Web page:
To uruk and addresses the king ishtar offers to make

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to Uruk and addresses the king. Ishtar offers to make Gilgamesh wealthy, his kingdom fertile, and respected by all people in the world. All he will have to do is agree to be Ishtar’s husband. However, Gilgamesh does not fall into her snare. His answer shows Gilgamesh is aware of his limitations and also mindful of Ishtar’s nature. He recites a list of Ishtar’s former lovers and the wretched ends they met when they inevitably failed to please the goddess. With this solid sense of self, the King of Uruk spurns Ishtar and the future she offers because he knows whatever delights she provides will be short-lives but her unavoidable wrath will be catastrophic. Coming into this knowledge gives the reader a hint of the great king Gilgamesh can become as long as he stays focused. The encounter with Ishtar proves he can be a clever hero since he is not seduced by the offer of an easy life. v. Various aspects of the goddess figure, as understood by Campbell, are present at different times and in different characters in the texts. The creative and beneficial features of the cosmic feminine principle are evident in the priestess Shamhat and tavern keeper Shiduri. The dangerous side of the goddess is represented in the fickle, destructive goddess Ishtar. b. The Code of Hammurabi i. Marriage was still done through the purchase of a bride with a bride's price and a dowry. This infers the notion that women are merchandise to be bought and sold from father to suitor. For instance, not only was the wife expected to be a maid-servant to her husband, but if her husband wishes he could force her to serve her mother-in-law, or even his first wife. This establishes the idea that a woman is subservient to her husband.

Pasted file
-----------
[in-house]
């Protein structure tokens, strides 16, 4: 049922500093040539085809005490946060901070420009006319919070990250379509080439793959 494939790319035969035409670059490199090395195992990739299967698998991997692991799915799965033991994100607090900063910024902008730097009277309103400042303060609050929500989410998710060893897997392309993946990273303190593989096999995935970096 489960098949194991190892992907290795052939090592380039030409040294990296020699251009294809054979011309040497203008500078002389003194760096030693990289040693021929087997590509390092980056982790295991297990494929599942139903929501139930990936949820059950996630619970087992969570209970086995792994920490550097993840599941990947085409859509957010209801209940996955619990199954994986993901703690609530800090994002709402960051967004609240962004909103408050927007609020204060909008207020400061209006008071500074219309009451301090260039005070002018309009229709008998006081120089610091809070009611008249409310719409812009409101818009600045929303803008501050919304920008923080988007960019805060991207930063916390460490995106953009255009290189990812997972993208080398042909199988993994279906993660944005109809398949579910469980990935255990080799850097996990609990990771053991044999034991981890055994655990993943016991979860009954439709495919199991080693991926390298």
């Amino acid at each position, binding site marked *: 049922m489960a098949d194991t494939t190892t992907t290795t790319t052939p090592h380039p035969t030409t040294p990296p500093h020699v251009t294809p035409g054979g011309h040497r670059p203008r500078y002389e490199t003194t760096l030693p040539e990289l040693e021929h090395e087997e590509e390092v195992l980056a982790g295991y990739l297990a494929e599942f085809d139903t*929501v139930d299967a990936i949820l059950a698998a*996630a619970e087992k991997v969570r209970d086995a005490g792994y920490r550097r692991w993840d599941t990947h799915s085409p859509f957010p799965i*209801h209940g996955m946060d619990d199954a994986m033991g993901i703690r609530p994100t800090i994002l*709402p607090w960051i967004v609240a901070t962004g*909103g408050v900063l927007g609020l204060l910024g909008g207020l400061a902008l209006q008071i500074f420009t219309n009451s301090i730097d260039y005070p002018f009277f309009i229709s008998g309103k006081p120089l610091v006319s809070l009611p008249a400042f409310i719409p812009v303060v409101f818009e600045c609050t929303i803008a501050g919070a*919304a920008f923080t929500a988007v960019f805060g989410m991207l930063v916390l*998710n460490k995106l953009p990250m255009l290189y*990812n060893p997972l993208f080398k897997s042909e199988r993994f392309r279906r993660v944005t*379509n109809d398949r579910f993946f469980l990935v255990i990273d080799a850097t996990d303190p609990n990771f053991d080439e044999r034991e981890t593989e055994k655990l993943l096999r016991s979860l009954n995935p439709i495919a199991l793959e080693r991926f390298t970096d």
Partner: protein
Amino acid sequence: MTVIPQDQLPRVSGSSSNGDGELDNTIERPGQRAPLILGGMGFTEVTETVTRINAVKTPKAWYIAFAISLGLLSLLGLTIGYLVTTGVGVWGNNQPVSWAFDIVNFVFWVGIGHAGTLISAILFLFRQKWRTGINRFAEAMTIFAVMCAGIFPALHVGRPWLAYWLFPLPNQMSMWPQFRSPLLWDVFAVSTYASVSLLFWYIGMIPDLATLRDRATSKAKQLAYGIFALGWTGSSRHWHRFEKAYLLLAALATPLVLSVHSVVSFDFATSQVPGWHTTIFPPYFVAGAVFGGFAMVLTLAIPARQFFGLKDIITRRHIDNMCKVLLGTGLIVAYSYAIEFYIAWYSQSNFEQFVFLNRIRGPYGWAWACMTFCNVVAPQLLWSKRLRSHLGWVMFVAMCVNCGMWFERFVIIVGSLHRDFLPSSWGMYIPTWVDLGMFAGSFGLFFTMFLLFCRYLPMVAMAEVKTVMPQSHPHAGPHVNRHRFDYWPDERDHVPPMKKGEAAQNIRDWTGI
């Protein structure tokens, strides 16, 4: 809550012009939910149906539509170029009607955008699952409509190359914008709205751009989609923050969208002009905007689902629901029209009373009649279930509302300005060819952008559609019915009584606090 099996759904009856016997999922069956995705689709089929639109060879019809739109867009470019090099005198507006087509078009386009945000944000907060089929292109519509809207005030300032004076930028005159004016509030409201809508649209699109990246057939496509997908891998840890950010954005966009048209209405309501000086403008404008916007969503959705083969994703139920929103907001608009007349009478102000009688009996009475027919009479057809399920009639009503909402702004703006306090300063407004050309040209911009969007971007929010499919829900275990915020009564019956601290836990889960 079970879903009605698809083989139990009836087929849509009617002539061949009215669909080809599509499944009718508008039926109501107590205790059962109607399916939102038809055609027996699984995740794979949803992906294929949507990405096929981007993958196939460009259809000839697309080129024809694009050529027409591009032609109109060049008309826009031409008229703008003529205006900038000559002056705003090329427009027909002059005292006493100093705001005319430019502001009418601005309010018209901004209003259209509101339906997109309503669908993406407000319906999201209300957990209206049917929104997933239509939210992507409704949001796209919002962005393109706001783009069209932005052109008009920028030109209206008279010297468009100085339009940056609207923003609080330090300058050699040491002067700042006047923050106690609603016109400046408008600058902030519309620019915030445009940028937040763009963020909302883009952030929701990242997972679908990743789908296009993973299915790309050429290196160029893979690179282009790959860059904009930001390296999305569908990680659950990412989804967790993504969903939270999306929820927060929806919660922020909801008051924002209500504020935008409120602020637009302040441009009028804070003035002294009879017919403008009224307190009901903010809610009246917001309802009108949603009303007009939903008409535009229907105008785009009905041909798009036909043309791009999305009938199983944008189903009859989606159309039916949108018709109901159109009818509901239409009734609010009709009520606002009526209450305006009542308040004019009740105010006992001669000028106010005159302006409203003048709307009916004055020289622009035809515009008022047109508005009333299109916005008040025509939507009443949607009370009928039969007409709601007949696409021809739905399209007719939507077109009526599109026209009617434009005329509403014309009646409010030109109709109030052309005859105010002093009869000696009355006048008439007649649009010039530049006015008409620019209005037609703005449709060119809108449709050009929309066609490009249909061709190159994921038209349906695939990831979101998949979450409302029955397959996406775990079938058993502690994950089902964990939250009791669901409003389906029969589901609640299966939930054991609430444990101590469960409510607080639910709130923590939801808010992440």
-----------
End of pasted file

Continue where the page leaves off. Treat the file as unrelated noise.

ii. There were laws that governed a wife's behavior as well. Women deemed bad wives would suffer severe consequences. If a woman was a "bad wife," her husband could have her sent away while keeping her children and her dowry. Another option for bad wives would be for their husbands to make them slaves in their own households. A woman was allowed to file suit if her husband treated her cruelly or neglected her; however, she could only get a judicial separation there was no punishment for his behavior towards her. iii. if a woman could not bear her husband any children, she was expected to provide him with a maid who could provide the husband with children. The maid was in no way a wife, and any children she gave birth to were immediately turned over to the husband and his wife. This maid was then at the hands of the wife and could be degraded to slavery. iv. a woman never really left the control of her father. A father had strict control over his daughters. A father could choose his daughter's future. Sometimes a father could choose for his daughter to live a life of celibacy as a Vestal Virgin. As a Vestal Virgin, she was free to marry but she could never bear children. A father could also make other decisions for his daughter such as offer her services to particular gods, vestals, and others. v.

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